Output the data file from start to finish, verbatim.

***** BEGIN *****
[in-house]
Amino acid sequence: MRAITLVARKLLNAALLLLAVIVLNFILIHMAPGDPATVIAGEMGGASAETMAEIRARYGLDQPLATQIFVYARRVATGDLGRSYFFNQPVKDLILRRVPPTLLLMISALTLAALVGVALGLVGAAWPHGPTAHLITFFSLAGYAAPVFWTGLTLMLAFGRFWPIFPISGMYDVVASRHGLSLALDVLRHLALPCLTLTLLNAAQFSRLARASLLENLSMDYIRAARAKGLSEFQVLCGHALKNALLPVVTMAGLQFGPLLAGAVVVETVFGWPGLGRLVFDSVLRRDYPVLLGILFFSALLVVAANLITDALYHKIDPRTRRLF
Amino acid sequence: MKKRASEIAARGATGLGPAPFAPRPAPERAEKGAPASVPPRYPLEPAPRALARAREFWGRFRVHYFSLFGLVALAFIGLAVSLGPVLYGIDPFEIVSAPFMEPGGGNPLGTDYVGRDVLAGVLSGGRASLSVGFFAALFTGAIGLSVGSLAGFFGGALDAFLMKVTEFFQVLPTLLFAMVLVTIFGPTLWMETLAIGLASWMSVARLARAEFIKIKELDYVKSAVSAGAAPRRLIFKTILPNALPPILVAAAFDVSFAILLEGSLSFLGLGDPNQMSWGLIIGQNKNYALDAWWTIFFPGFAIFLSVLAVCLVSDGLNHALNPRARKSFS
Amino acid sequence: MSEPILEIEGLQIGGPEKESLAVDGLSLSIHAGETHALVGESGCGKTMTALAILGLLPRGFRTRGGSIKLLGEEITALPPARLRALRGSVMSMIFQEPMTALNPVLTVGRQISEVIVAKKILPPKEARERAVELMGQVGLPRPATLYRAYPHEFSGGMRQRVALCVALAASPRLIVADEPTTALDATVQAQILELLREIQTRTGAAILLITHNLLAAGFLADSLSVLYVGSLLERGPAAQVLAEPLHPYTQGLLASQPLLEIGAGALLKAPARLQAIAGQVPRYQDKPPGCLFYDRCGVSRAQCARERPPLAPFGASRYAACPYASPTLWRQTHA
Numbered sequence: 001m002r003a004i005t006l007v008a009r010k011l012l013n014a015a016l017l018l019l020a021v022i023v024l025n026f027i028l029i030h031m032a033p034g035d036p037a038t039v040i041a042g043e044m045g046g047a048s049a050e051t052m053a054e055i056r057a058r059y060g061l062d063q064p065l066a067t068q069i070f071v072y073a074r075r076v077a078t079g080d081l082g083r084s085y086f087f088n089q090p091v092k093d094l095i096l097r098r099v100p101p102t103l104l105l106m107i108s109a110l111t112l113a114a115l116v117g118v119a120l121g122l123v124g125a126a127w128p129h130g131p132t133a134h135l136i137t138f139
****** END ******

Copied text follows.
[in-house]
Amino acid sequence: MRAITLVARKLLNAALLLLAVIVLNFILIHMAPGDPATVIAGEMGGASAETMAEIRARYGLDQPLATQIFVYARRVATGDLGRSYFFNQPVKDLILRRVPPTLLLMISALTLAALVGVALGLVGAAWPHGPTAHLITFFSLAGYAAPVFWTGLTLMLAFGRFWPIFPISGMYDVVASRHGLSLALDVLRHLALPCLTLTLLNAAQFSRLARASLLENLSMDYIRAARAKGLSEFQVLCGHALKNALLPVVTMAGLQFGPLLAGAVVVETVFGWPGLGRLVFDSVLRRDYPVLLGILFFSALLVVAANLITDALYHKIDPRTRRLF
Amino acid sequence: MKKRASEIAARGATGLGPAPFAPRPAPERAEKGAPASVPPRYPLEPAPRALARAREFWGRFRVHYFSLFGLVALAFIGLAVSLGPVLYGIDPFEIVSAPFMEPGGGNPLGTDYVGRDVLAGVLSGGRASLSVGFFAALFTGAIGLSVGSLAGFFGGALDAFLMKVTEFFQVLPTLLFAMVLVTIFGPTLWMETLAIGLASWMSVARLARAEFIKIKELDYVKSAVSAGAAPRRLIFKTILPNALPPILVAAAFDVSFAILLEGSLSFLGLGDPNQMSWGLIIGQNKNYALDAWWTIFFPGFAIFLSVLAVCLVSDGLNHALNPRARKSFS
Amino acid sequence: MSEPILEIEGLQIGGPEKESLAVDGLSLSIHAGETHALVGESGCGKTMTALAILGLLPRGFRTRGGSIKLLGEEITALPPARLRALRGSVMSMIFQEPMTALNPVLTVGRQISEVIVAKKILPPKEARERAVELMGQVGLPRPATLYRAYPHEFSGGMRQRVALCVALAASPRLIVADEPTTALDATVQAQILELLREIQTRTGAAILLITHNLLAAGFLADSLSVLYVGSLLERGPAAQVLAEPLHPYTQGLLASQPLLEIGAGALLKAPARLQAIAGQVPRYQDKPPGCLFYDRCGVSRAQCARERPPLAPFGASRYAACPYASPTLWRQTHA
Numbered sequence: 001m002r003a004i005t006l007v008a009r010k011l012l013n014a015a016l017l018l019l020a021v022i023v024l025n026f027i028l029i030h031m032a033p034g035d036p037a038t039v040i041a042g043e044m045g046g047a048s049a050e051t052m053a054e055i056r057a058r059y060g061l062d063q064p065l066a067t068q069i070f071v072y073a074r075r076v077a078t079g080d081l082g083r084s085y086f087f088n089q090p091v092k093d094l095i096l097r098r099v100p101p102t103l104l105l106m107i108s109a110l111t112l113a114a115l116v117g118v119a120l121g122l123v124g125a126a127w128p129h130g131p132t133a134h135l136i137t138f139